There's a single two-word phrase that every new storm chaser should forge into their minds when thinking about their reasons for getting involved in, or getting deeper into, this hobby. It's a golden piece of wisdom that will save you tons of time and money, and if you're a chaser, you should start your day with it in the forefront of your thinking and apply it to every decision you make before, during and after the chase. Remember it before you invest in equipment. Recall it before planning your trips. Think about it before you step on the accelerator and risk a speeding ticket to catch a tornado. Consider it before undertaking a big web site redesign. And especially, remember it constantly if you try to sell any of your photography or video.
So are you ready to hear the two words that will make your storm chasing easier, safer, and overall a more positive experience? Well, without further introduction, here they are:
That's it! Nobody cares. Easy to remember, easy to repeat, easy to live by. Two simple words that embody an enjoyable, frugal and worry-free life of chasing.
Grasping the essence of 'Nobody Cares'
Nobody cares - it means just that. At the end of the day, no one will care what you've done or accomplished as a chaser. (The handful of fellow chasers, friends and family don't count.) And if no one cares, no one comes to your web site. No one buys your video or photos. You don't get fame and fortune. Nobody remembers you a day from now, a week from now, a year from now. The problem is that in not knowing or just forgetting that nobody cares, you may be tempted to make some foolish decisions in your chasing activities based on the false assumption that reaching your goal will reap some type of great future reward. You may be tempted to drive recklessly and take other unnecessary risks, spend too much money and/or end up in debt, and neglect your friends, family and others close to you. In the end, forgetting or ignoring that nobody cares can leave you with a lot of regrets when you finally learn it the hard way.
To illustrate the application of this valuable concept, let's take a look at some thoughts, rationale and ambitions that are common in the mind of a chaser fresh into the hobby (or sometimes even a veteran):
One day I might be able to make a living at this, if I'm dedicated, passionate and focused enough.
I'm pursuing my dream of being a storm chasing photojournalist/cameraman.
I need to do whatever I can to get my name out there, so that I have a chance of being discovered or remembered.
I'm going to be able to make some great money selling photos and video to people, and get lots of traffic to my web site.
All of these statements, however genuine, well-intentioned and non-malicious as they may be, are completely irrational because the thinker of them has failed to apply the two golden words of chasing: Nobody Cares.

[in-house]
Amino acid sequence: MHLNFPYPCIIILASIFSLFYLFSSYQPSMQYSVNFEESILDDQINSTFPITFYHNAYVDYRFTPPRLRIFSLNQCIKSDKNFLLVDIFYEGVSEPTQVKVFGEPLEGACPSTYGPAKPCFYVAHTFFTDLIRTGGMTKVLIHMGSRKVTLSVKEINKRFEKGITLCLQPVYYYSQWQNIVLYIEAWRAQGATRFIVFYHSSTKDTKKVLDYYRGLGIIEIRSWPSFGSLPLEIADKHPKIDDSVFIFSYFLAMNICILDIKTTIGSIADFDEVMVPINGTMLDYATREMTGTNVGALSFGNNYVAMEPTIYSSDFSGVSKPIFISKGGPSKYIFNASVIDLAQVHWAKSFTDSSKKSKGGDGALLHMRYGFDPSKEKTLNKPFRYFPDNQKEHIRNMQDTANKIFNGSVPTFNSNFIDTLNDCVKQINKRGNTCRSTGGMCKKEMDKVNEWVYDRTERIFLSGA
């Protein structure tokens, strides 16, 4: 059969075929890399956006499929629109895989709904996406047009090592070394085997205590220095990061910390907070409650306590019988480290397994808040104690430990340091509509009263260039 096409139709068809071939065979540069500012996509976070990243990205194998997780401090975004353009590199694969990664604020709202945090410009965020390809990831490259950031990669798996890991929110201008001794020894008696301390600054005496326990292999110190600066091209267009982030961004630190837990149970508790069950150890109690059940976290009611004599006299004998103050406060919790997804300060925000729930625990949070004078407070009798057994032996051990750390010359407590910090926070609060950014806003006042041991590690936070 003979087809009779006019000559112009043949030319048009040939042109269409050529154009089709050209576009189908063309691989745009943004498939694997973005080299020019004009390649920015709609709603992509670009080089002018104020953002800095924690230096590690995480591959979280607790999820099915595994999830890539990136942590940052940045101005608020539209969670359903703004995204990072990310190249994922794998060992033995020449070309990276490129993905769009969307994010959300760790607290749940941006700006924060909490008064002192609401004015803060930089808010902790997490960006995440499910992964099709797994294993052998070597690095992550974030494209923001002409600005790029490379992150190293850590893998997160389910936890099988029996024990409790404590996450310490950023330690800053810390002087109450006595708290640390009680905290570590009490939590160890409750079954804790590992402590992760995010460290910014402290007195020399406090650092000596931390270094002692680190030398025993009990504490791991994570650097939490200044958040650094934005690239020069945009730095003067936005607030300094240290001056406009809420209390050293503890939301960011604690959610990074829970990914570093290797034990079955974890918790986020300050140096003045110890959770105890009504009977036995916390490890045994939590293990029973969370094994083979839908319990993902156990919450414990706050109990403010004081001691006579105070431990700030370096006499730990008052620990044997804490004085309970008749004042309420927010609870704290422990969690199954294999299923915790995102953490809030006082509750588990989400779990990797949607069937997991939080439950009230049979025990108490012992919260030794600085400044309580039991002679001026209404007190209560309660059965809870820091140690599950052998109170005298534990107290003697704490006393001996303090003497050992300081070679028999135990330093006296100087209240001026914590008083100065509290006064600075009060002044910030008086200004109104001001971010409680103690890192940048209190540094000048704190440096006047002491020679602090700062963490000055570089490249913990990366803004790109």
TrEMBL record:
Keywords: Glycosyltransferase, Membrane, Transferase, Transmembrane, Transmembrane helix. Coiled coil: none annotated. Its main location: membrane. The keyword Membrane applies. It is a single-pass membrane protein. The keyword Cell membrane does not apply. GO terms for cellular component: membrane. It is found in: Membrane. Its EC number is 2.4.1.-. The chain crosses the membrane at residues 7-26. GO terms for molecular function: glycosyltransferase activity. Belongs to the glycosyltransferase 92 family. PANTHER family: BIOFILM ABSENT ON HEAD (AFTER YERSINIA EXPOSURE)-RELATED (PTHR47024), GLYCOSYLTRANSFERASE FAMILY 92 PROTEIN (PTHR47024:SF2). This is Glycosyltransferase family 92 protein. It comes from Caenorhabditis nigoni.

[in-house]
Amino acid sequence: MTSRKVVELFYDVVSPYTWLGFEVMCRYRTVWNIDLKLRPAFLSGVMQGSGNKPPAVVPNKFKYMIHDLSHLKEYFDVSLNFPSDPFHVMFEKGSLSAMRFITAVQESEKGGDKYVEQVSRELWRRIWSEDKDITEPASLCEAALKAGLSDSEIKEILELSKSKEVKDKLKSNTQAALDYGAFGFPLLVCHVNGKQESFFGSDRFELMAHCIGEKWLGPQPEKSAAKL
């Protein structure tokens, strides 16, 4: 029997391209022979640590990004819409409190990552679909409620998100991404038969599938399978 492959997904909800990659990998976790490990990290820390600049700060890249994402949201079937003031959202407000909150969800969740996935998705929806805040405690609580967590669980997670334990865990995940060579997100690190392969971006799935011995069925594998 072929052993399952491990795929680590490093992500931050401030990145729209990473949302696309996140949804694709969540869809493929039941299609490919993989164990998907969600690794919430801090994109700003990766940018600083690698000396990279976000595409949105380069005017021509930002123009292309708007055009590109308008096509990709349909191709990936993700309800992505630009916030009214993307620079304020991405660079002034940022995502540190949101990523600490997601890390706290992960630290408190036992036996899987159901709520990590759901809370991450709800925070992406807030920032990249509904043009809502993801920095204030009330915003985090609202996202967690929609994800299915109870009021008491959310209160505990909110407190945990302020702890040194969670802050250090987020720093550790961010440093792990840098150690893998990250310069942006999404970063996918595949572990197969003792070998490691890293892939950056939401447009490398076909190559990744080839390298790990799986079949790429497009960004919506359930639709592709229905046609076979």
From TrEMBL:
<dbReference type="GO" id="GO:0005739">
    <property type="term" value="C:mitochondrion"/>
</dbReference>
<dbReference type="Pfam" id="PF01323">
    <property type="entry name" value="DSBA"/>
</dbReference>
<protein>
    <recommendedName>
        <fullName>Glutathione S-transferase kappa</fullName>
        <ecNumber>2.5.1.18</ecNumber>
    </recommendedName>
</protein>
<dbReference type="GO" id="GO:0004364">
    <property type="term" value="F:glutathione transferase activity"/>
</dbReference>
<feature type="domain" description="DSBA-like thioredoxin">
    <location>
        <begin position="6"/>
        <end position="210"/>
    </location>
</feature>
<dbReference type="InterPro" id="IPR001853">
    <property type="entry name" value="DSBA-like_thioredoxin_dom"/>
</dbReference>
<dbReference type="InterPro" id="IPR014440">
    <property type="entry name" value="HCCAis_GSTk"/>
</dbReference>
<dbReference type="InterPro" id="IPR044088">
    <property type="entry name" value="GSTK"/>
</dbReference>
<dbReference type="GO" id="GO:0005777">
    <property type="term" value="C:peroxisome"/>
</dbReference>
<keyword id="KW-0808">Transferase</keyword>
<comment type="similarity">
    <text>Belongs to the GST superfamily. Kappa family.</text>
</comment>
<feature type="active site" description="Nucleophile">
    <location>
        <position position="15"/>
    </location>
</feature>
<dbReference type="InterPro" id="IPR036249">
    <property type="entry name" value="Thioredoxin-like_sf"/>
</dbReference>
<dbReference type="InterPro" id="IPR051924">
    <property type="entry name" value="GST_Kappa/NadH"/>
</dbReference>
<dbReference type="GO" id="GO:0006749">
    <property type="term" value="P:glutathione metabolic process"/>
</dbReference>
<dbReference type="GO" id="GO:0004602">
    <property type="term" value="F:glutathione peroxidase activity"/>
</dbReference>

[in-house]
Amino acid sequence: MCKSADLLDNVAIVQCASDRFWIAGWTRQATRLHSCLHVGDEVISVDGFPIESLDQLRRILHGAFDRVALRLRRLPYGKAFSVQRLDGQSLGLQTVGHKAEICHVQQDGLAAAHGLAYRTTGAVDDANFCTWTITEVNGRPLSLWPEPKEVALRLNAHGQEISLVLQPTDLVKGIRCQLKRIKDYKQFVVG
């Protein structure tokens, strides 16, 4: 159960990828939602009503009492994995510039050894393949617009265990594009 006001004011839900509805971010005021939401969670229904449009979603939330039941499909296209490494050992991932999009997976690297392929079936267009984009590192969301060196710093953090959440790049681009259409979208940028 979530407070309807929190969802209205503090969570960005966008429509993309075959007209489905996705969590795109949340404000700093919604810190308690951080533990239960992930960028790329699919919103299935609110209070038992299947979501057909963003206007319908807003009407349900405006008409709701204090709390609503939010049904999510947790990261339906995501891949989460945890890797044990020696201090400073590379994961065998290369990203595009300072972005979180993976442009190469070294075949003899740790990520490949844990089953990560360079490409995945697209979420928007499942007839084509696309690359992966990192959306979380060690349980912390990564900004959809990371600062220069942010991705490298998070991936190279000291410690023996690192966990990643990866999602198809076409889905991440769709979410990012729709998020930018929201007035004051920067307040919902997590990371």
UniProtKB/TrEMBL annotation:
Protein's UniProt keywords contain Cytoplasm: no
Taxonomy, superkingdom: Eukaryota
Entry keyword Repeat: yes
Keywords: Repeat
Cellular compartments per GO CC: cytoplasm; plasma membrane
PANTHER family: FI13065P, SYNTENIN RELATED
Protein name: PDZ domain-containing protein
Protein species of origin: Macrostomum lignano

The Four Points of 'Nobody Cares'
The Nobody Cares principle of storm chasing is founded on the following four facts:
Fact #1: The vast majority of the population has no real interest in severe weather.
Unfortunately, a deep fascination with storms is not a common thread with people in general. It's true. Most do not share your enthusiasm for severe weather, they simply want to know about it when it's going to affect them directly. While some individuals will react favorably and even enthusiastically to a nice photo of a storm or a thrilling video clip, you must not confuse this with any real lasting interest in the subject. Especially not an interest that could result in any benefit to you. Most people will exclaim upon seeing a good storm photo/video, 'Wow, that's really cool'!, then never think about it, or you, again, ever. A business plan, or even a motive to chase, that assumes people will be interested enough in what you're doing to purchase photos or DVDs or visit your web site regularly, is doomed to fail from the start. Remember it or learn it the hard way: Nobody Cares.
Fact #2: Businesses, TV producers, and the general public will not remember your name after you gain media attention.
Did you catch 50 tornadoes last year of every shape and size? Did you get insane video of four F5s ripping up houses and tossing cars? Did you make it on every TV network and talk show in existence? Great! Now how many DVDs did you sell afterward? How many photos? How many hits did you get to your web site? How many people remember your name today? How many phone calls do you get for video sales today? Is any of that paying your mortgage or electric bill now? Do you even have gas money to chase now? How many times do you even think about your catches in the average day? Do you suppose anyone else is?
I've been on the front page of the newspaper no less than four times, been the subject of no less than five feature stories on local television, had interviews on national television and magazine articles. I can remember maybe a handful of photo sales as a result of that publicity, no increase in web traffic and no calls from media for services during future events. Remember it or learn it the hard way: Nobody Cares.
Fact #3: Giving away work does not result in professional respect or future business opportunities.
One of the most irrational thoughts among new photographers and chasers is that the way to get one's 'foot in the door' is to give work away for free to television stations, networks or newspapers. Giving your work away gets your name out, sure - but only as the chaser who gives their work away for free or cheap. The first impression you make with a media client will dictate how you are perceived in the future. If you give your work away, that's what they will expect the next time. And the next time. In a nutshell, if you act professional, you'll be perceived, treated and paid as a professional. If you act like an amateur, you'll be perceived, treated and paid (nothing) like an amateur - always. Remember facts #1 and #2. Over a couple of seasons (even just one), a business plan built on giving away work will only result in a $10,000 credit card debt from fuel and equipment expenses! If you expect something to materialize from all the stuff you gave away for free, you'd better be looking for that second job to pay off your debt. The only value you get from licensing your work is if you are paid from the start - you won't get any benefits from anything else. Publicity is worthless - because: Remember it or learn it the hard way: Nobody Cares.